Psoas (hip flexor) Tendonitis

Psoas (hip flexor) Tendonitis

The Psoas tendon is one of the large hip flexors.  It is located in the front of the hip and is made up of contributions of both the iliacus muscle and the psoas muscle.  These originate as high as the mid spine and pelvis and travel down to the hip and femur.  The psoas tendon is particularly susceptible to inflammation and pain.  There is also a bursa between the tendon and the hip joint that is often inflamed when a patient has psoas injuries.  The psoas tendon can be torn, inflamed or have a snapping syndrome where it snaps back and forth over the hip joint.

Diagnosis

The diagnosis of an injured or snapping psoas tendon is primarily made on the patient’s history and physical exam.  Because of the complexity of the hip joint, x-rays and an MRI are often ordered as well to ensure the pain is not coming from other structures.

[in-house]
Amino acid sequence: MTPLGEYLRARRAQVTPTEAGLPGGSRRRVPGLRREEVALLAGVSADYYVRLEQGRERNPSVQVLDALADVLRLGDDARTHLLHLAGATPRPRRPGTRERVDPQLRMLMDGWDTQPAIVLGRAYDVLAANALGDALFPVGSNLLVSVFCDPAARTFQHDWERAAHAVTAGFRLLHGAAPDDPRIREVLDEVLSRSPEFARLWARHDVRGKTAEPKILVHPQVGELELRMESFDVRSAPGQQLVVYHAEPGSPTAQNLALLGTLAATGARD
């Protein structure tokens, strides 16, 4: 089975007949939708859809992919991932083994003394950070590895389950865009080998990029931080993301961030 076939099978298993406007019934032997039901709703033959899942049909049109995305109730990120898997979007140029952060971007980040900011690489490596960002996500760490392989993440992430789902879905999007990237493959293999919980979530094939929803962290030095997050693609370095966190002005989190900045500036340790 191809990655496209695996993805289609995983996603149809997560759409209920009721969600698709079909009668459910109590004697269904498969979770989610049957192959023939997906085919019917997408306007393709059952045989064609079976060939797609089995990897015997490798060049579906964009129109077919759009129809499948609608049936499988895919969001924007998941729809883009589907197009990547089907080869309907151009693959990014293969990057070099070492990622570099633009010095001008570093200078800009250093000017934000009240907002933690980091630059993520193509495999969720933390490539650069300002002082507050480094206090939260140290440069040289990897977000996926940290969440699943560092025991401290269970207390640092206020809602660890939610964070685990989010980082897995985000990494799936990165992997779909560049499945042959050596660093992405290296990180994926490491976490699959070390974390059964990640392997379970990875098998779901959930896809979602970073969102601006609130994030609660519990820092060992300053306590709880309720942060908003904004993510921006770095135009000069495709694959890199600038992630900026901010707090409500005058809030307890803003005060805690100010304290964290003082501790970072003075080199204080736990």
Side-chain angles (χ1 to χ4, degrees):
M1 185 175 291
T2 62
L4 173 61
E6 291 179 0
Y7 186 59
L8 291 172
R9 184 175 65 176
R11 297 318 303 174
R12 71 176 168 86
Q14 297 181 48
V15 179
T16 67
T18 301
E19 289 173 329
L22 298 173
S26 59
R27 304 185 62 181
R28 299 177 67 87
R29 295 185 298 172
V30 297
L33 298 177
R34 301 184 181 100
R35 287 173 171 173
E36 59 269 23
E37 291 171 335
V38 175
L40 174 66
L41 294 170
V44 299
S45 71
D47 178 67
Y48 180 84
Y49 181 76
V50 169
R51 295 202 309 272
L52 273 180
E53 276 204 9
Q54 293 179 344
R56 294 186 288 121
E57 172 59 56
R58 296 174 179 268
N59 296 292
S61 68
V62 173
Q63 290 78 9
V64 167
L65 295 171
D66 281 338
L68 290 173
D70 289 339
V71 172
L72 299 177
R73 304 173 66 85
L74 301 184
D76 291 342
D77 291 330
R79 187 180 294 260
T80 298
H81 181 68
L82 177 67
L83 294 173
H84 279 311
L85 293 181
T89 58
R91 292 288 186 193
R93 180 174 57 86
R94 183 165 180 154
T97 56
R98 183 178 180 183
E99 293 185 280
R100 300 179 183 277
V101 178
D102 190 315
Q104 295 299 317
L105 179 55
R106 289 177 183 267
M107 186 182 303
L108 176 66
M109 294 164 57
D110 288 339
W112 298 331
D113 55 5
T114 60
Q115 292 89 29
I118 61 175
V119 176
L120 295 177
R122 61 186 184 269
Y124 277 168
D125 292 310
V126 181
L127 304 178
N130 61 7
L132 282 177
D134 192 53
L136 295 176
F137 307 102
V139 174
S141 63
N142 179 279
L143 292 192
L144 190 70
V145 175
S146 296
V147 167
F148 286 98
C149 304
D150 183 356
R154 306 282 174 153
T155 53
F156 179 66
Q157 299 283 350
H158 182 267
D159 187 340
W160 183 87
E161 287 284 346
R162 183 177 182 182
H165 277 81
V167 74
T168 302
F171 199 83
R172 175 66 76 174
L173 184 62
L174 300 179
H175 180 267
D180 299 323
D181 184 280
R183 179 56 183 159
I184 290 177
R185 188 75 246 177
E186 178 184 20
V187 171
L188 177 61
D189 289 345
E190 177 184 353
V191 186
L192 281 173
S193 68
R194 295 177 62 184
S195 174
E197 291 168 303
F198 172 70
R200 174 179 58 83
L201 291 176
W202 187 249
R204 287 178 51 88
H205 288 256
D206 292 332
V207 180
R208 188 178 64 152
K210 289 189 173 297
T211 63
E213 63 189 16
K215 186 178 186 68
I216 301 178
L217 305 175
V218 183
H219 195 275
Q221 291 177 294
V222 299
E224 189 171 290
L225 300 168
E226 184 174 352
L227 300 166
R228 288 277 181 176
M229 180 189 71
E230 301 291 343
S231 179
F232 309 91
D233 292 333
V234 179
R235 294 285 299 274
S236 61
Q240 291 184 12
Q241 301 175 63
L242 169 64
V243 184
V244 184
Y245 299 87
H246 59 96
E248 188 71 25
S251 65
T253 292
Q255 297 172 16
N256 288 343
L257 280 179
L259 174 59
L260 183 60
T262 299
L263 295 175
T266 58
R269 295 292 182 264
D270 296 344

Non Operative Treatment

Non operative management is the mainstay of treatment.  Stretching and strengthening is the key to treating tendon issues.  Often ice and anti-inflammatories are used to treat acute pain.  Occasionally, a steroid injection is warranted in the psoas tendon or bursa for patients who don’t fully respond.

Surgical Treatment

The need for surgery is rare in isolated psoas tendon issues.  When needed, the psoas tendon is lengthened by releasing it at the mid portion of the musculotendinous junction.  This released position grows back and essentially lengthens the entire tendon.  This additional length allows for smooth movement without recreation of the tendonitis..